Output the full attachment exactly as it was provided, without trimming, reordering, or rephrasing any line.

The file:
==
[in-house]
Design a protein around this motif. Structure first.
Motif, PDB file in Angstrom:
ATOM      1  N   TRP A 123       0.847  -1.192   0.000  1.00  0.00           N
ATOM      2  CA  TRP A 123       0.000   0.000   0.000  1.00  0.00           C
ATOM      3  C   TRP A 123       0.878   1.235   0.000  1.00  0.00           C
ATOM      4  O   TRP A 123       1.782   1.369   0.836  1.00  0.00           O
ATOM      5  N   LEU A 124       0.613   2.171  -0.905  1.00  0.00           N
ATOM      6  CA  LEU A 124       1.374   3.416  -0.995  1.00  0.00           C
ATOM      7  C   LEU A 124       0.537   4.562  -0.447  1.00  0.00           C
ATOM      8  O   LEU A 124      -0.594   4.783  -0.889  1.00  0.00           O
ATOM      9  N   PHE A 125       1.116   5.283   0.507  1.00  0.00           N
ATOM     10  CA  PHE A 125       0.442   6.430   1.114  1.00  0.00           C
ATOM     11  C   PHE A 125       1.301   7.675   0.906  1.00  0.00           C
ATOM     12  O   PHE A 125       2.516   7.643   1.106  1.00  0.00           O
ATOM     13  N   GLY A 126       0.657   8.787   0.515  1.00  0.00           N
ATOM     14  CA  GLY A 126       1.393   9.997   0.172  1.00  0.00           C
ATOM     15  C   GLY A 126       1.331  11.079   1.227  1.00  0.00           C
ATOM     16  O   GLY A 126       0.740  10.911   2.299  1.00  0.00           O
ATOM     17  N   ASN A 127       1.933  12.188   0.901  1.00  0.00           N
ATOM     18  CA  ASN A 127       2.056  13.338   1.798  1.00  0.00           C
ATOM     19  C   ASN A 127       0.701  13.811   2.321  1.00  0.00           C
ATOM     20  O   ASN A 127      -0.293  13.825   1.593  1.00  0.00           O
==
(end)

[in-house]
Design a protein around this motif. Structure first.
Motif, PDB file in Angstrom:
ATOM      1  N   TRP A 123       0.847  -1.192   0.000  1.00  0.00           N
ATOM      2  CA  TRP A 123       0.000   0.000   0.000  1.00  0.00           C
ATOM      3  C   TRP A 123       0.878   1.235   0.000  1.00  0.00           C
ATOM      4  O   TRP A 123       1.782   1.369   0.836  1.00  0.00           O
ATOM      5  N   LEU A 124       0.613   2.171  -0.905  1.00  0.00           N
ATOM      6  CA  LEU A 124       1.374   3.416  -0.995  1.00  0.00           C
ATOM      7  C   LEU A 124       0.537   4.562  -0.447  1.00  0.00           C
ATOM      8  O   LEU A 124      -0.594   4.783  -0.889  1.00  0.00           O
ATOM      9  N   PHE A 125       1.116   5.283   0.507  1.00  0.00           N
ATOM     10  CA  PHE A 125       0.442   6.430   1.114  1.00  0.00           C
ATOM     11  C   PHE A 125       1.301   7.675   0.906  1.00  0.00           C
ATOM     12  O   PHE A 125       2.516   7.643   1.106  1.00  0.00           O
ATOM     13  N   GLY A 126       0.657   8.787   0.515  1.00  0.00           N
ATOM     14  CA  GLY A 126       1.393   9.997   0.172  1.00  0.00           C
ATOM     15  C   GLY A 126       1.331  11.079   1.227  1.00  0.00           C
ATOM     16  O   GLY A 126       0.740  10.911   2.299  1.00  0.00           O
ATOM     17  N   ASN A 127       1.933  12.188   0.901  1.00  0.00           N
ATOM     18  CA  ASN A 127       2.056  13.338   1.798  1.00  0.00           C
ATOM     19  C   ASN A 127       0.701  13.811   2.321  1.00  0.00           C
ATOM     20  O   ASN A 127      -0.293  13.825   1.593  1.00  0.00           O